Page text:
Back to blog

The HPV Vaccine for Adults

If you didn't get an HPV shot as a teen, it's not too late to get the cancer-fighting benefits — no matter how much sex you've had.

The HPV Vaccine for Adults Image

Have you been vaccinated for HPV?  If you’re, say, 30 or younger, there’s a strong chance you got this vaccine as a teen or tween. The first HPV vaccine was approved by the FDA in 2006 and was recommended for both boys and girls, ages 11 and 12. But if you didn’t get the vaccine, you may have heard that it’s too late —  HPV is super-common, so you’ve probably already been infected, right? 

Actually, experts are reversing their stance on whether adults should get immunized. There’s a growing body of evidence that the vaccine will benefit adults (and maybe save their lives), even if they’ve been sexually active for years, and even if they know for a fact they’ve already been infected with HPV. 

Why It’s Not Too Late to Be Vaccinated

It’s true that Human papillomavirus (HPV) is the most common sexually transmitted infection in the U.S., with more than 43% of American adults infected with genital HPV. It’s believed that most people contract HPV shortly after they begin having sex. 

So why should you get vaccinated for HPV if you’re all grown up and probably already have it? Even if you know you’ve already been exposed, you likely don’t know which strains of the virus you’ve encountered. The current HPV vaccine protects against 9 strains, so you can still get protection from the strains you haven’t been exposed to. 

Throat and Anal Cancer On the Rise

Although most cases of HPV resolve on their own, certain strains of the virus persist and can cause cancers. While HPV-related cervical and vaginal cancer rates have decreased in recent years, cases of head and neck cancers and anal cancer have increased. HPV is responsible for about 19000 cases of throat cancer each year, and 6800 cases of anal cancer. 

Why are rates of cervical cancer decreasing while head and neck and anal cancer on are becoming more common?  In large part because people with a cervix can protect themselves against cervical cancer through regular screenings (via Pap tests, HPV testing, or both), but there is no screening for throat or rectal cancers.  That’s one reason vaccination is so important, and why the FDA recently approved the HPV vaccine Gardasil 9 to prevent head and neck cancer, for people between 9 and 45.

HPV Vaccine Recommendations for Adults

If you haven’t been vaccinated for HPV, or aren’t sure, first talk to your parents and see if they can tell you.  If you have not been vaccinated, then talk to your healthcare provider about whether it makes sense for you. They will be able to take your individual risk factors and age into consideration. The current recommendation is that all adults up to the age of 45 get vaccinated.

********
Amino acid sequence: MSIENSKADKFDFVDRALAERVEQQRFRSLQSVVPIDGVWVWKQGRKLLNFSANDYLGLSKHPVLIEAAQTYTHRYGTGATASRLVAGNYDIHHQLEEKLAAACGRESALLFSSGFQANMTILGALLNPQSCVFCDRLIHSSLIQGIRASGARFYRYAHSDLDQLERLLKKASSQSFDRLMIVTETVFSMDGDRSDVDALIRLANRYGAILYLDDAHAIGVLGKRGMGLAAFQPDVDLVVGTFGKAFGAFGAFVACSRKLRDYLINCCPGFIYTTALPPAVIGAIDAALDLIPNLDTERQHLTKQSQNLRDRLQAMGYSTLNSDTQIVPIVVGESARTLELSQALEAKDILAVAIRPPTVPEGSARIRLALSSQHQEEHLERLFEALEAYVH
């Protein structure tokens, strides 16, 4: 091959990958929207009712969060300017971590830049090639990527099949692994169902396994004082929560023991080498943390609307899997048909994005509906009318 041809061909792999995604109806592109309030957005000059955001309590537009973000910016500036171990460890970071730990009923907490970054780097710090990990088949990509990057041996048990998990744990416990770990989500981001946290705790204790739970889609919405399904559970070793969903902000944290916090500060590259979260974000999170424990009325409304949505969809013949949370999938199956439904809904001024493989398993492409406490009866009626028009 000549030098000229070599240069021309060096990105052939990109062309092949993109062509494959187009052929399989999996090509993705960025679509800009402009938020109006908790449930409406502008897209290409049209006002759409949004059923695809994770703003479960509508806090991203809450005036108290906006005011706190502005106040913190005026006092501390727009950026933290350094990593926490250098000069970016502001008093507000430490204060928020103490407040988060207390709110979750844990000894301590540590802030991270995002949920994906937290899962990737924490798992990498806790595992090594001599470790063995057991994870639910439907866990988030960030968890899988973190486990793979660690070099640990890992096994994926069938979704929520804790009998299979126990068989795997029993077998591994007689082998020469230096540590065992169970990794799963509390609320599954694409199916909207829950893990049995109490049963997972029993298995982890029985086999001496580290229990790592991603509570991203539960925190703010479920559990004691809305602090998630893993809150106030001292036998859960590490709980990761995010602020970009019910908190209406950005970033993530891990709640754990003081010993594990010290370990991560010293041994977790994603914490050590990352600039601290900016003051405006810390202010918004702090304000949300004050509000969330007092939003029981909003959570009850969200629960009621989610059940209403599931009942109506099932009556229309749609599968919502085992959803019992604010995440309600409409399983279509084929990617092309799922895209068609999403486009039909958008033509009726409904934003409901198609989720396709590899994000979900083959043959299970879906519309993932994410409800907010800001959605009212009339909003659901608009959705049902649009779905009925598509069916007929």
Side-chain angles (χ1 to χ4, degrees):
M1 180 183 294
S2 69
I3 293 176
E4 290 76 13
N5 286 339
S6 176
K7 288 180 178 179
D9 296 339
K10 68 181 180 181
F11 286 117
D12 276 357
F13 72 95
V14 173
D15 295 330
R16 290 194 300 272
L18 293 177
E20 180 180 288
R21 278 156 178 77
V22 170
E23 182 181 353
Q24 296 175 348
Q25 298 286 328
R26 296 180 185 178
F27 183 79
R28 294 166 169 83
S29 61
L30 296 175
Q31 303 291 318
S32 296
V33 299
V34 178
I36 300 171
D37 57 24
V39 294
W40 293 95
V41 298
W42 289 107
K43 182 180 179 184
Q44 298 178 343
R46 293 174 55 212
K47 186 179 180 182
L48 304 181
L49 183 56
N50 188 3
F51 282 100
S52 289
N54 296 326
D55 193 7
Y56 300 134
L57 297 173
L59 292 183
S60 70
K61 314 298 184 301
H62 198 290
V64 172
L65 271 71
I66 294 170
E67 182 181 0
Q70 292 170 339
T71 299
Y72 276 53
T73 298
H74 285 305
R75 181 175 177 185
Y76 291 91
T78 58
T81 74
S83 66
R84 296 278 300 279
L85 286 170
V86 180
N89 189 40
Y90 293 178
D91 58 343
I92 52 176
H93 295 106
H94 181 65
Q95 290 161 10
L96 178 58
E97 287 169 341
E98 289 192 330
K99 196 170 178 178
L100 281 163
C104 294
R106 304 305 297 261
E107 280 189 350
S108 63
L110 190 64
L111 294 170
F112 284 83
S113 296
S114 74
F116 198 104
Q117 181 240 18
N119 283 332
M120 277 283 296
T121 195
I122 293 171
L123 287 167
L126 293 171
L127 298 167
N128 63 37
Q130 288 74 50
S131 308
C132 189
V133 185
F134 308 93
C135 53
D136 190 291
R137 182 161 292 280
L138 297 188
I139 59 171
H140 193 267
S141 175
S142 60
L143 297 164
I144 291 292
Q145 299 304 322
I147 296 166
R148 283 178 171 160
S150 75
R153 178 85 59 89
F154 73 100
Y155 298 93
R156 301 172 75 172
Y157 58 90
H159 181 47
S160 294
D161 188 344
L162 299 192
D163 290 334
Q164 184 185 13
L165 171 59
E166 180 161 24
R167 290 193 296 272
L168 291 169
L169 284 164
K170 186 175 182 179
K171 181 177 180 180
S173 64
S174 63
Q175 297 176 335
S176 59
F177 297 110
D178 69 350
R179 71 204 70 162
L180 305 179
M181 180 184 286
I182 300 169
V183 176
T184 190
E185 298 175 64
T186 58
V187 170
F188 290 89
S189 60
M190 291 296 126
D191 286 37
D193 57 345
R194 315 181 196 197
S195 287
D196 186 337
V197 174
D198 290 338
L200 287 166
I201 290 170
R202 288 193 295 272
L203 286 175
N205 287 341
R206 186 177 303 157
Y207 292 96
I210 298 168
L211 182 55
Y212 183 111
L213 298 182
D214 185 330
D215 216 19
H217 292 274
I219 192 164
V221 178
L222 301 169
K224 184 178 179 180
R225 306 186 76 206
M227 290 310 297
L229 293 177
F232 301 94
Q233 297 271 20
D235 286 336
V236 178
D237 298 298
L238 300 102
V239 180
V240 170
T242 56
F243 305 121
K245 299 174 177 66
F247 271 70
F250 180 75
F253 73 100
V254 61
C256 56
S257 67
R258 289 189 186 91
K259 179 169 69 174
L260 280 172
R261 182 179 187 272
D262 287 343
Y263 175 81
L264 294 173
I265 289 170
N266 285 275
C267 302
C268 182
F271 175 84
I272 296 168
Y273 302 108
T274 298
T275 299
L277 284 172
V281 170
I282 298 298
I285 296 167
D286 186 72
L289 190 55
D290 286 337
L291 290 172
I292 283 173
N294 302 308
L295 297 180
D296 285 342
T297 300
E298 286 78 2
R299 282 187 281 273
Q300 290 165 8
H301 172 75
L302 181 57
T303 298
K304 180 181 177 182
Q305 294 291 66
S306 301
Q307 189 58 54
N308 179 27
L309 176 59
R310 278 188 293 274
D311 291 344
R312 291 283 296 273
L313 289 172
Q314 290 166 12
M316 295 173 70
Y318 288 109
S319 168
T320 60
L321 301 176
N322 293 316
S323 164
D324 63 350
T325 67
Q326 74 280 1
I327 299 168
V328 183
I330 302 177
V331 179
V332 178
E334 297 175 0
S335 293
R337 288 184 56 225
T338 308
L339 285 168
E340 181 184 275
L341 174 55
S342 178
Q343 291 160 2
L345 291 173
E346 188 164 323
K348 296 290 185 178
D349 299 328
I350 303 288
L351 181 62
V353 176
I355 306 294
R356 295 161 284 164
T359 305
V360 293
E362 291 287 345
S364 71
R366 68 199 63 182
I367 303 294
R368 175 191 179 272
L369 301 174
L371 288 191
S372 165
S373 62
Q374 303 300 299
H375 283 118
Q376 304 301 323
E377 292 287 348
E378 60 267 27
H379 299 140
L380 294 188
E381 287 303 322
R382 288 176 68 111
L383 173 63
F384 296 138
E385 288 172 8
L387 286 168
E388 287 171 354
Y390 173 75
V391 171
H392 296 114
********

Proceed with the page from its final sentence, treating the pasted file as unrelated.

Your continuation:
Getting the vaccine will protect you from dangerous throat and rectal cancers that too often go undetected.

Finally, and most surprisingly, studies are finding that even women who have high-grade cervical lesions (meaning they are close to cervical cancer), experience significantly lower recurrence rates if they get the HPV vaccine along with other treatments. That’s the finding of a study of almost 3000 women done at Johns Hopkins University, which found a more than a 50% decrease recurrence rate for high grade disease caused by HPV in people who had the vaccine. Since their HPV had already caused lesions that were close to cancerous, it’s surprising and exciting that the HPV vaccine still provides benefit. And it indicates that people who haven’t been vaccinated would absolutely benefit from it, at any age up to 45

The conclusion is very clear. Not only does the vaccine prevent HPV-related cancers in the first place, it also decreases the incidence of recurrent disease (both high and low grade) in women with HPV-related abnormalities. Want to know more?  Check out my personal blog, Wine and Gyn.

 

About the Author

Betty Acker, MD, is an OB-Gyn with more than 30 years of experience practicing in both military and civilian settings. Dr. Acker writes the Wine and Gyn blog.

 

Photo courtesy of  Heather Hazzan, SELF Magazine

This blog pro­vides infor­ma­tion about telemed­i­cine, health and related sub­jects. The blog content and any linked materials herein are not intended to be, and should not be con­strued as a substitute for, med­ical or healthcare advice, diagnosis or treatment. Any reader or per­son with a med­ical con­cern should con­sult with an appropriately-licensed physi­cian or other healthcare provider. This blog is provided purely for informational purposes. The views expressed herein are not sponsored by and do not represent the opinions of Nurx™.

Back to top